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Meet 10 of the hardest working foods on the planet

Meet 10 of the hardest working foods on the planet
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Check out our list of the 10 hardest-working foods:

Carrots

Blueberries

Salmon

Tomato

Oatmeal

Broccoli

Beans

Eggs

Lower-Fat Yogurt

Sweet Potato

BY JUDY OWEN
Winnipeg Health Region
Wave, March / April 2010

Mother probably always told you to eat your vegetables and fruits because they're good for you. She was right, of course, but it takes a variety of items from Canada's Food Guide to fuel our bodies.

With that in mind, we asked a panel of experts to help us cook up a list of 10 of the hardest working foods on the planet.

The panel, all registered dietitians with the Winnipeg Health Region, was asked to make choices based on nutritional content, taste, versatility, affordability and accessibility.

Panelist Shannon Carpentier, who works at Nor'West Co-op Community Health Centre, points out that we need more than 50 different vitamins and minerals each day.

Eating Well with Canada's Food Guide lists four food groups that should be the foundation of our daily diet: vegetables and fruit, grain products, milk and alternatives and meat and alternatives. "When you look at these (10 hardest-working) foods, what it all comes down to is that these foods fit into one of the four food groups," Carpentier says. "And many of these foods are found around the perimeter of the grocery store, so they have less processing and food additives."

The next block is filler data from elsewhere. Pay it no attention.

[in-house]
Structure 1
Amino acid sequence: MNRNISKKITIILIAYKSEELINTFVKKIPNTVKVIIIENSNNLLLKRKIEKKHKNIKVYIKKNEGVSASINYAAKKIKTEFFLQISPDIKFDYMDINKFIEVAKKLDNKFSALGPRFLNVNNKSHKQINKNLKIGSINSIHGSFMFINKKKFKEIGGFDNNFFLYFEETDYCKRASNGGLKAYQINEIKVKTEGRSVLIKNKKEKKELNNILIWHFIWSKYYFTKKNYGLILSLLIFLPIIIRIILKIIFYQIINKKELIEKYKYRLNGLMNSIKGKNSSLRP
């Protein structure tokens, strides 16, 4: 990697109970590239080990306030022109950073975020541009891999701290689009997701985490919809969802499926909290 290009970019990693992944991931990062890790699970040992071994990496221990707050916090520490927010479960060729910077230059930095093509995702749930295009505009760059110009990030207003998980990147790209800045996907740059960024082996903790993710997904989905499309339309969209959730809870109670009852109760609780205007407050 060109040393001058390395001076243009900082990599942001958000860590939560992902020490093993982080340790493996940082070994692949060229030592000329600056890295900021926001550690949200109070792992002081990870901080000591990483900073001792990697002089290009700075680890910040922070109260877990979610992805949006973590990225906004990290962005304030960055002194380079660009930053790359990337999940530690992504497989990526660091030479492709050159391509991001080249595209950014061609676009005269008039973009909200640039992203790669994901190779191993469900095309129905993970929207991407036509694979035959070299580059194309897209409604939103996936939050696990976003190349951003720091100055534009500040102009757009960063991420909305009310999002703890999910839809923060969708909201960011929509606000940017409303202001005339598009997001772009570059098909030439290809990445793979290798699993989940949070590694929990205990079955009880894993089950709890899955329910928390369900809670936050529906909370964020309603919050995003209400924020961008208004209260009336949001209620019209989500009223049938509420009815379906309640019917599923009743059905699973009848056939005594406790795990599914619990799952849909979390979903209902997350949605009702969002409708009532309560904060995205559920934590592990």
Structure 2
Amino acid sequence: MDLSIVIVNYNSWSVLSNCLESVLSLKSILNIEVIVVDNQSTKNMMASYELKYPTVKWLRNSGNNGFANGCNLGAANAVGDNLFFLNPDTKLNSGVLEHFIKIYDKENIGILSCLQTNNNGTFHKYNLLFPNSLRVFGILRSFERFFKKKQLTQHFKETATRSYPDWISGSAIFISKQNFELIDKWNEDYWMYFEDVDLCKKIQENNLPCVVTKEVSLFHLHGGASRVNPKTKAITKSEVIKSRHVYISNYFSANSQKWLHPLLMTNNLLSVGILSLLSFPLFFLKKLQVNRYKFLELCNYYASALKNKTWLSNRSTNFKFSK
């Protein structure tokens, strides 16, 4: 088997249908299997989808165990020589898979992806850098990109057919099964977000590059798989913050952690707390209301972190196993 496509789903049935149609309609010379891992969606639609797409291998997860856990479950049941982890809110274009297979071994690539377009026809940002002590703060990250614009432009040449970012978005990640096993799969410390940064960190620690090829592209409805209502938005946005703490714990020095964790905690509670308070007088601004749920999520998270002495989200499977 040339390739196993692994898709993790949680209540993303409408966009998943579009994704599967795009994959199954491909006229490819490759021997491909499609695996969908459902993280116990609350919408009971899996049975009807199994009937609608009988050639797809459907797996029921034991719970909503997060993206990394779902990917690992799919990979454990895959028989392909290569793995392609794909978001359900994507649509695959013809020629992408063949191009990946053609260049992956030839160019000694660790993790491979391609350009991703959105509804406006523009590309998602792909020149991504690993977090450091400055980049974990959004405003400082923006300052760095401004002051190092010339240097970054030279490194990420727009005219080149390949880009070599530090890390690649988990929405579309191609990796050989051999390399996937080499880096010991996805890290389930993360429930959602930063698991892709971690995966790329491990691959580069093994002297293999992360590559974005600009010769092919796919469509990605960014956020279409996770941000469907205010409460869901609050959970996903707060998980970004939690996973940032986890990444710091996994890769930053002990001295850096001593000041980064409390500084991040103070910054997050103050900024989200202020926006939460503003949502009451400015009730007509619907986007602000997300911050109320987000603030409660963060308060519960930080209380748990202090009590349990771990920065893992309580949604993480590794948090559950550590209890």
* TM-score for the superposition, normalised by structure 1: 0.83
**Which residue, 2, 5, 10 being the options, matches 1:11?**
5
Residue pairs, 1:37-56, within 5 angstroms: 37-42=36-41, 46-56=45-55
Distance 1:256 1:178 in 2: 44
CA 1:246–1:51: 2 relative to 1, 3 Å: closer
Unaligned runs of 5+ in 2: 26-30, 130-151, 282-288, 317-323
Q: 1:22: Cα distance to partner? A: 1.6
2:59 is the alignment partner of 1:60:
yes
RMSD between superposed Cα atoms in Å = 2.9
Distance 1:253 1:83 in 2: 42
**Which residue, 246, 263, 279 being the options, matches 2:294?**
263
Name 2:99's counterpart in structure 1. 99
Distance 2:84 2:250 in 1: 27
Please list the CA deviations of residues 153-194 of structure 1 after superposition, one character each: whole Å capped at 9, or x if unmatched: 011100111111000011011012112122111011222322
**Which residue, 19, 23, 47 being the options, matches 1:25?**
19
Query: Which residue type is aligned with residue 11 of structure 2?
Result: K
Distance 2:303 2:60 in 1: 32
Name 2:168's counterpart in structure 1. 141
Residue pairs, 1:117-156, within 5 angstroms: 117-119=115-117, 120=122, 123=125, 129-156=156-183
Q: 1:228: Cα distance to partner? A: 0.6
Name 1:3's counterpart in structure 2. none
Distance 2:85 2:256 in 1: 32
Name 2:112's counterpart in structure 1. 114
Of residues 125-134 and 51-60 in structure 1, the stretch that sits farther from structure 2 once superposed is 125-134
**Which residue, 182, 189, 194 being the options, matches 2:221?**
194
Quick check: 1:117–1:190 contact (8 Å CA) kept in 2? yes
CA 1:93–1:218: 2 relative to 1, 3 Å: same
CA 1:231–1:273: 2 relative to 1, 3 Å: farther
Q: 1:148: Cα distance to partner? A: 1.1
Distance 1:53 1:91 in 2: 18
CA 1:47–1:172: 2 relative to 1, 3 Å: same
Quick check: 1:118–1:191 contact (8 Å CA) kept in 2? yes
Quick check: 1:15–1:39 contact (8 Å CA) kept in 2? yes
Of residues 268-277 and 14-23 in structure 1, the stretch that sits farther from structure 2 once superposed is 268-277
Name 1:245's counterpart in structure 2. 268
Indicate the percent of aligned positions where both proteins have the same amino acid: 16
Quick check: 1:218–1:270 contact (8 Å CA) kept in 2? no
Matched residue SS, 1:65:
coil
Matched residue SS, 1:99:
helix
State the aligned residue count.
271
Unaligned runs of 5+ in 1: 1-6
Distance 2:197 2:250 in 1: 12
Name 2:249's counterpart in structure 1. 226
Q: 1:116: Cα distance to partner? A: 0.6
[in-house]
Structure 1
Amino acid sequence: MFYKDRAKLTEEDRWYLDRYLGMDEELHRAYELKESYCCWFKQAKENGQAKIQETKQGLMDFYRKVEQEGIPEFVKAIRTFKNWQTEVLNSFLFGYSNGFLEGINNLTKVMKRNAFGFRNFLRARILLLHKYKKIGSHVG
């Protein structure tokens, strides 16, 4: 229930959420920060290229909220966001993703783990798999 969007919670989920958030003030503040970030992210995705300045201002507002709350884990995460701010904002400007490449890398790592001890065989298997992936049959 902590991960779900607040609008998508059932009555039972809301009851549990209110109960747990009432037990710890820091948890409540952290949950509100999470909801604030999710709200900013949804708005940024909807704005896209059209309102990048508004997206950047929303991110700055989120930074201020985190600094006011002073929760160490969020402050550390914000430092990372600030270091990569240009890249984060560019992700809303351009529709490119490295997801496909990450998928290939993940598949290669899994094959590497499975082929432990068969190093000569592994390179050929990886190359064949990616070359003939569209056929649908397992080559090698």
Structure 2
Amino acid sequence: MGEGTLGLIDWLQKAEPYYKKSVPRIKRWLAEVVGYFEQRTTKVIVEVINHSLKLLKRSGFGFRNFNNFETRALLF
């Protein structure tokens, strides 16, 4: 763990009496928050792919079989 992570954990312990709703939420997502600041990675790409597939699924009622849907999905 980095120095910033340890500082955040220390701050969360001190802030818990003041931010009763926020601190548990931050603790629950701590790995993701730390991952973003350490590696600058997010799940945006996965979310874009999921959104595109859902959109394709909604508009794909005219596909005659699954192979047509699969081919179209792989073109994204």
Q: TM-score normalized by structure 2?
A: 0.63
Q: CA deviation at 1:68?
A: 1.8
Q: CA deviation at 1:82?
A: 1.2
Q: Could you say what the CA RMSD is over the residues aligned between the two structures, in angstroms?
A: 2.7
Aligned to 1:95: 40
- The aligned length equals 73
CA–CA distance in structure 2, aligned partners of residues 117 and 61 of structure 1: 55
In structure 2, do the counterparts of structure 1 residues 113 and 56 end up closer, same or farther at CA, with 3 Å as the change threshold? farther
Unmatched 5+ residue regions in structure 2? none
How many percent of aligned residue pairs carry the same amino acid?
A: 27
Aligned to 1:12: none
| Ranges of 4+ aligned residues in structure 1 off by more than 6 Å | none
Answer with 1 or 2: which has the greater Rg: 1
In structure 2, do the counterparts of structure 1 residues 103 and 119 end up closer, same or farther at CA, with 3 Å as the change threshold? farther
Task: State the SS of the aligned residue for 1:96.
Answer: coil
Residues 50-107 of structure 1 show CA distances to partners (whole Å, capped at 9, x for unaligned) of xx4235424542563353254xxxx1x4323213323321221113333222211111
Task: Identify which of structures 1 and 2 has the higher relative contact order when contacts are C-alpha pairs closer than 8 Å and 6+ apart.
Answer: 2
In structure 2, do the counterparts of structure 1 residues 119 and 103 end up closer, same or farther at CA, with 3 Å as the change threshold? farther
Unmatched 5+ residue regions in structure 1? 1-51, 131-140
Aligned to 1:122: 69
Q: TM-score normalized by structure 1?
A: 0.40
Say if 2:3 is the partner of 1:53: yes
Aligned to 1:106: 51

Panelist Sheryl Bates Dancho, Regional Clinical Nutrition Manager - Community, notes the 10 foods are also low in sodium (salt). "From a vegetable-and-fruit perspective, we have chosen a variety of colours. Each of the different colours of vegetables and fruits contain different types of nutrients," she says.

While some people think healthy foods are more expensive, Bates Dancho says that's not the case if you put some thought into your meal planning. "If you buy them at appropriate times of the year, you can find vegetables and fruits that are affordable," she says.

"If you purchase them in season and store them in the freezer, you can have access to them year-round," adds Bates Dancho.

The list of foods that follows is not meant to be the final word on the subject. But it does offer a good starting point for anyone looking to make healthy selections the next time they go grocery shopping. You can learn more about healthy eating choices by consulting Eating Well with Canada's Food Guide at Health Canada's website.

Wave: March / April 2010

About Wave

Wave is published six times a year by the Winnipeg Health Region in cooperation with the Winnipeg Free Press. It is available at newsstands, hospitals and clinics throughout Winnipeg, as well as McNally Robinson Books.

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